niche drama

Anatomy of a ‘Scandoval’

Photo-Illustration: by The Cut; Photos: Getty Images

We’ve all seen them. The iPhone Notes-app screengrab, circulated on our Twitter or Instagram feeds, is the hallmark of a celebrity (or brand) in crisis. Somber, often black-and-white messaging in this format is the international signal of damage control. Immediately, we think, Wow, they must have really fucked up.

Bravo fans have read a lot of these hostagelike statements since “Scandoval” — the Vanderpump Rules cheating scandal that sent fans into a frenzied, shocked state — broke last Friday. To briefly summarize: Original cast member and creepy-facial-hair devotee Tom Sandoval was discovered to have cheated on Ariana Madix, his girlfriend of nine years, by having a secret seven-month affair with their co-star (and one of Madix’s besties) Raquel (neé Rachel) Leviss.

To complicate things further, former pageant queen Leviss was also linked to Tom Schwartz, Sandoval’s best friend, co-star, and business partner and ex-husband to their co-star Katie Maloney. And she was recently engaged to James Kennedy, a DJ with anger-management and mommy issues who has starred on the show since 2014. Fans have been captivated by every messy detail from the explicit video discovered on Sandoval’s phone to their matching “lightning bolt” necklaces.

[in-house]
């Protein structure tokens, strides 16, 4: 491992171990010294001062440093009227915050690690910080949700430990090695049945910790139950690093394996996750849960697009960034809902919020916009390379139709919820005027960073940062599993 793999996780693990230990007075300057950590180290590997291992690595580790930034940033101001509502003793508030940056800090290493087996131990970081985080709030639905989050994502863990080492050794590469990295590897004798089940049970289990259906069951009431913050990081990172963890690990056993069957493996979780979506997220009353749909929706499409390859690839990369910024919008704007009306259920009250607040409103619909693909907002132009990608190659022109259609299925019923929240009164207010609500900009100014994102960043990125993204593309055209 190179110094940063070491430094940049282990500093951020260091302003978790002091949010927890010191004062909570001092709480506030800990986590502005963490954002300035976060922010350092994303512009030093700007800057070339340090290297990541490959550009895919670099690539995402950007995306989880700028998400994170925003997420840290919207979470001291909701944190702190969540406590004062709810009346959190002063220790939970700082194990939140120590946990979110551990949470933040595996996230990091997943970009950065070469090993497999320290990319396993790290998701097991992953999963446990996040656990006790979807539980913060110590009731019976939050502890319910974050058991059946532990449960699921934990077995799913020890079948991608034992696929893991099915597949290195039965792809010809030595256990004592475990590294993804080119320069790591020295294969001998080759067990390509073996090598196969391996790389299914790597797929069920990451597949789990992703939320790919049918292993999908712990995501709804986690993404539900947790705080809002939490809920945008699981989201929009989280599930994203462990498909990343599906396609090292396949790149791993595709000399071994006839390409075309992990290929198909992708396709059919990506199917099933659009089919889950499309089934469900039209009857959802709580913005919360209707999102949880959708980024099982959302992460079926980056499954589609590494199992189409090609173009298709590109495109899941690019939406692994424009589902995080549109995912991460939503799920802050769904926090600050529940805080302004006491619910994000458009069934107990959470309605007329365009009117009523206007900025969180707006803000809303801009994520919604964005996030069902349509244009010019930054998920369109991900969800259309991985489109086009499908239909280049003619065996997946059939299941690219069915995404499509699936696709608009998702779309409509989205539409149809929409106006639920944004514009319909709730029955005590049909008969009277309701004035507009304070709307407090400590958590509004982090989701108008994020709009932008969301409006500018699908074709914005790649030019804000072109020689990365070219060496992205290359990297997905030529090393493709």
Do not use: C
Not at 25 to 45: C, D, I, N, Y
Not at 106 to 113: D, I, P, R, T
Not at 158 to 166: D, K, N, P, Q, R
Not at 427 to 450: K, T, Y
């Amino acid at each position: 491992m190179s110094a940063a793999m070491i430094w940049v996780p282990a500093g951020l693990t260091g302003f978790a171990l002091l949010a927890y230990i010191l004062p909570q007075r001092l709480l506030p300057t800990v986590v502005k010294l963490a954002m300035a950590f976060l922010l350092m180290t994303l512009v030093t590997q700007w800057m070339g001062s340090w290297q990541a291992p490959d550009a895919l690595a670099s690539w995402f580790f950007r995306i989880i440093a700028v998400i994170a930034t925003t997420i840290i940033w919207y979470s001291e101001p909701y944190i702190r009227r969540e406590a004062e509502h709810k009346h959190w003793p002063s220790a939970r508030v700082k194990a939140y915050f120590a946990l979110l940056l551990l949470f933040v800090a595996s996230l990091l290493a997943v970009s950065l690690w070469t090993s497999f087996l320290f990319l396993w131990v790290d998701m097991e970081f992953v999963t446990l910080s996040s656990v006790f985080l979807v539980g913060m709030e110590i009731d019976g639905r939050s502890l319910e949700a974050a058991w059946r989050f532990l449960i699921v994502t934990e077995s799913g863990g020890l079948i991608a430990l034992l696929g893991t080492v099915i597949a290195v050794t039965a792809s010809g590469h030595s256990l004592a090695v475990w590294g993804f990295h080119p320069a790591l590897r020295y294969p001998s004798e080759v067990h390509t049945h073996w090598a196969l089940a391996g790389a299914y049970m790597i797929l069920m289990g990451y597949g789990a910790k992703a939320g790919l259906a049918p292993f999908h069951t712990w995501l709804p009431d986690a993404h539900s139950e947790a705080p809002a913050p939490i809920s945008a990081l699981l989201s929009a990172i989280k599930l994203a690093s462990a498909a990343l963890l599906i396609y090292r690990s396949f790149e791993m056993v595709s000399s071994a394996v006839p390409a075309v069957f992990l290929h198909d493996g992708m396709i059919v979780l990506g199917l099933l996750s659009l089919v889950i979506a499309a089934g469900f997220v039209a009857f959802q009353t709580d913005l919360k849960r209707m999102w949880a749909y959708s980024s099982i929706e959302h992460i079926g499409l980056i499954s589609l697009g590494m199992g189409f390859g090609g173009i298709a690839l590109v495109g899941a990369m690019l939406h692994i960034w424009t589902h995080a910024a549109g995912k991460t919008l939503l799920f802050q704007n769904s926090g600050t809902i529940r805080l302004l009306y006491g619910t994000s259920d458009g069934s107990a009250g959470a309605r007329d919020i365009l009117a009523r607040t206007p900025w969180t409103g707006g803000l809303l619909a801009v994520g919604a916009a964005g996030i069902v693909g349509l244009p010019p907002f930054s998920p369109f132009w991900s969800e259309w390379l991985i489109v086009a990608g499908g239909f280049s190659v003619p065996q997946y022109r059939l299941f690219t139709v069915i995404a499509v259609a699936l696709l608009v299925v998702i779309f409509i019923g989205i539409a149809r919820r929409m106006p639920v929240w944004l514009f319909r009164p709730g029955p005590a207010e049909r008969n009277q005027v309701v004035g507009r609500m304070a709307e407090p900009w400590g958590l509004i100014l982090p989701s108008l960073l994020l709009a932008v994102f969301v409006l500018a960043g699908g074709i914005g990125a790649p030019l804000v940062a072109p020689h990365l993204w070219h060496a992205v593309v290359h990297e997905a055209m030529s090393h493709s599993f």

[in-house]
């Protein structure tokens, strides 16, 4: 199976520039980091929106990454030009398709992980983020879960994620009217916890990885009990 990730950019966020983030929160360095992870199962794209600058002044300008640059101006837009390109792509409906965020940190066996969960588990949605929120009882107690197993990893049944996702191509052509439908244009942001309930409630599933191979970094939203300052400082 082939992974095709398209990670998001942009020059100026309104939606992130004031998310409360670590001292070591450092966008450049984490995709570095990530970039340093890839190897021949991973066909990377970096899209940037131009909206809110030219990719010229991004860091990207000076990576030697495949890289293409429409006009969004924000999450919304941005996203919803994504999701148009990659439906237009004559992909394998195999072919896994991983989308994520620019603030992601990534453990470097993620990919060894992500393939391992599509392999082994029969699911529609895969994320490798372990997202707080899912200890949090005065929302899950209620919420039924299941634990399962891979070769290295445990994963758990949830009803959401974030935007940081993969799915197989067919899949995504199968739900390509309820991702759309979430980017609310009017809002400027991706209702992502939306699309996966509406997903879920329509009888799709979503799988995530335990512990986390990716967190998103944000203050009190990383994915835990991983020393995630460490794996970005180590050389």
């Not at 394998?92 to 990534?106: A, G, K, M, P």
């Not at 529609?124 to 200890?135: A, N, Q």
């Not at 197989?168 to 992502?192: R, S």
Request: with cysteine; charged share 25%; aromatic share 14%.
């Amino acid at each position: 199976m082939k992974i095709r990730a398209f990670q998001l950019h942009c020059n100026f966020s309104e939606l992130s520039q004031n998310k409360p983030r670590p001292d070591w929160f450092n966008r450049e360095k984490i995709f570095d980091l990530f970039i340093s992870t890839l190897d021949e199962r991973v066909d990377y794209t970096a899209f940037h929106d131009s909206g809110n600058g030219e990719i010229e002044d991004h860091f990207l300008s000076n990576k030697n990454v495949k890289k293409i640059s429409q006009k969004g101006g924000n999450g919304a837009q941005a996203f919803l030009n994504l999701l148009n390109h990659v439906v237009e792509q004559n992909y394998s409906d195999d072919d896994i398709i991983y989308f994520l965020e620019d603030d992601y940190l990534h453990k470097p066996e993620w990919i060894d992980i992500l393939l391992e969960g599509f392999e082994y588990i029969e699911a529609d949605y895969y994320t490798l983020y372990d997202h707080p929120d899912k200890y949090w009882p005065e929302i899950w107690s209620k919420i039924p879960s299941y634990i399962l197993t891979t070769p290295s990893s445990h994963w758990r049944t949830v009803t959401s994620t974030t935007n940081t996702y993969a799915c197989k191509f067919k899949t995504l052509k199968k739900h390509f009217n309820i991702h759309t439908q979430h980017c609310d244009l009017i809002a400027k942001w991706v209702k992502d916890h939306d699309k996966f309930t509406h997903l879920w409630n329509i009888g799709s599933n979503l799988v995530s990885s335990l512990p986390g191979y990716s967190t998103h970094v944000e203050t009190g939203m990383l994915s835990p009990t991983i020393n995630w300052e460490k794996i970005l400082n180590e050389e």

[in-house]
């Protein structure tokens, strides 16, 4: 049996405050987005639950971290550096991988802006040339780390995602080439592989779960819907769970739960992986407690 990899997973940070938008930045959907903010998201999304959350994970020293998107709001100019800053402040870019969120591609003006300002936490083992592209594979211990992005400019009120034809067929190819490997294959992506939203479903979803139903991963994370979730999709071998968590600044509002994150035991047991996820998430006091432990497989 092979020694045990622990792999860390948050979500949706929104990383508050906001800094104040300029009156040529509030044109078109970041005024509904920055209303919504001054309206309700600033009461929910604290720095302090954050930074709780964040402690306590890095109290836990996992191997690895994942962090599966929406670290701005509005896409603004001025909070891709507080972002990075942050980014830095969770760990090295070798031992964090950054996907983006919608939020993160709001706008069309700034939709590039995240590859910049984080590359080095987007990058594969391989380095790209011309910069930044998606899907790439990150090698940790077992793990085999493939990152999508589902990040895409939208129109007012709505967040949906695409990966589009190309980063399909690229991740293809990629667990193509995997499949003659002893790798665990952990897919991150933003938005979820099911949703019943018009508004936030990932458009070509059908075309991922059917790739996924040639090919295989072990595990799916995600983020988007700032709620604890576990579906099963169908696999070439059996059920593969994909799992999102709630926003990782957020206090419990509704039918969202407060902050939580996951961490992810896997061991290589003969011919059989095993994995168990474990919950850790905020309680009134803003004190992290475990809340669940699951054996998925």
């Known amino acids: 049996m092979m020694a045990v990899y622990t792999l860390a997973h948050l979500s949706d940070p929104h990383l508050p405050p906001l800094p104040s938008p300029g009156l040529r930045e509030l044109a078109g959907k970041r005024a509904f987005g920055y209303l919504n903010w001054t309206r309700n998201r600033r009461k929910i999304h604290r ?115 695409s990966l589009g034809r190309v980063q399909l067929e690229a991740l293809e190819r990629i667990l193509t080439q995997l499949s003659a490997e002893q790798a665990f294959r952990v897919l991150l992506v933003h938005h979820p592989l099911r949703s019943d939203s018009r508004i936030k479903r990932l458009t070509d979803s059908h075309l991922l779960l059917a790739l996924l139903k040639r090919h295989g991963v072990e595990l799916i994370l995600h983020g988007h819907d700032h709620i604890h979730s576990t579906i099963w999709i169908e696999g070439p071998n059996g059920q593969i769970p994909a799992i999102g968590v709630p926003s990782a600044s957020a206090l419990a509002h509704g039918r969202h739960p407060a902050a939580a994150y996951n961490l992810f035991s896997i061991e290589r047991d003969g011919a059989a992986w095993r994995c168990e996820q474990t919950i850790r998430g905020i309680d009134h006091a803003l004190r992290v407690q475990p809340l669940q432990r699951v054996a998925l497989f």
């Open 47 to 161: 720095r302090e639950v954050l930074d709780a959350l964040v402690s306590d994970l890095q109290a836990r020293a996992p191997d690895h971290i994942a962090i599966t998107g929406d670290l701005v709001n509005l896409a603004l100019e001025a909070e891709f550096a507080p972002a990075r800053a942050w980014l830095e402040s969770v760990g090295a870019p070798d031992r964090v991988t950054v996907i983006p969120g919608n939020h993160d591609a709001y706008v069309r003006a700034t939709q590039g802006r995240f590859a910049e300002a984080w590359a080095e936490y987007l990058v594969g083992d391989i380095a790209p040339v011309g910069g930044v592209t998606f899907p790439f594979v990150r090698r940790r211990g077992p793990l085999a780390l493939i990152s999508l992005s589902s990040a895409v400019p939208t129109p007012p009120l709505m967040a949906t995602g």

Sandoval and Leviss have taught us many important lessons on the show, including how to take two years to open a garishly decorated bar and where not to go for filler, vocal-coaching, or fashion advice. And now they’ve blessed us with another: how not to respond to a PR crisis.

Before social media, the standard move would be for a celebrity to release a brief statement or say nothing at all during controversy. They would starve the fire of oxygen while their reps covertly released information to sympathetic journalists to limit its damage. Now not only do PR strategies run the risk of being leaked on social media, but people expect a different level of intimacy and directness. This is partly what drove the phenomenon of YouTuber breakup videos in the 2010s, when influencer couples gave fans extra access to their thoughts, feelings, and (sometimes) tears while aiming to protect their brands from post-breakup backlash.

The main characters of Scandoval handled things a little differently. Let’s start with Sandoval: Two days (an eternity) after the news broke, he finally released a statement. Bizarrely, he chose to focus on anger directed at his businesses, which he has promoted on the show. The statement didn’t mention Madix once but did seek to defend Schwartz, insisting he didn’t know about the affair.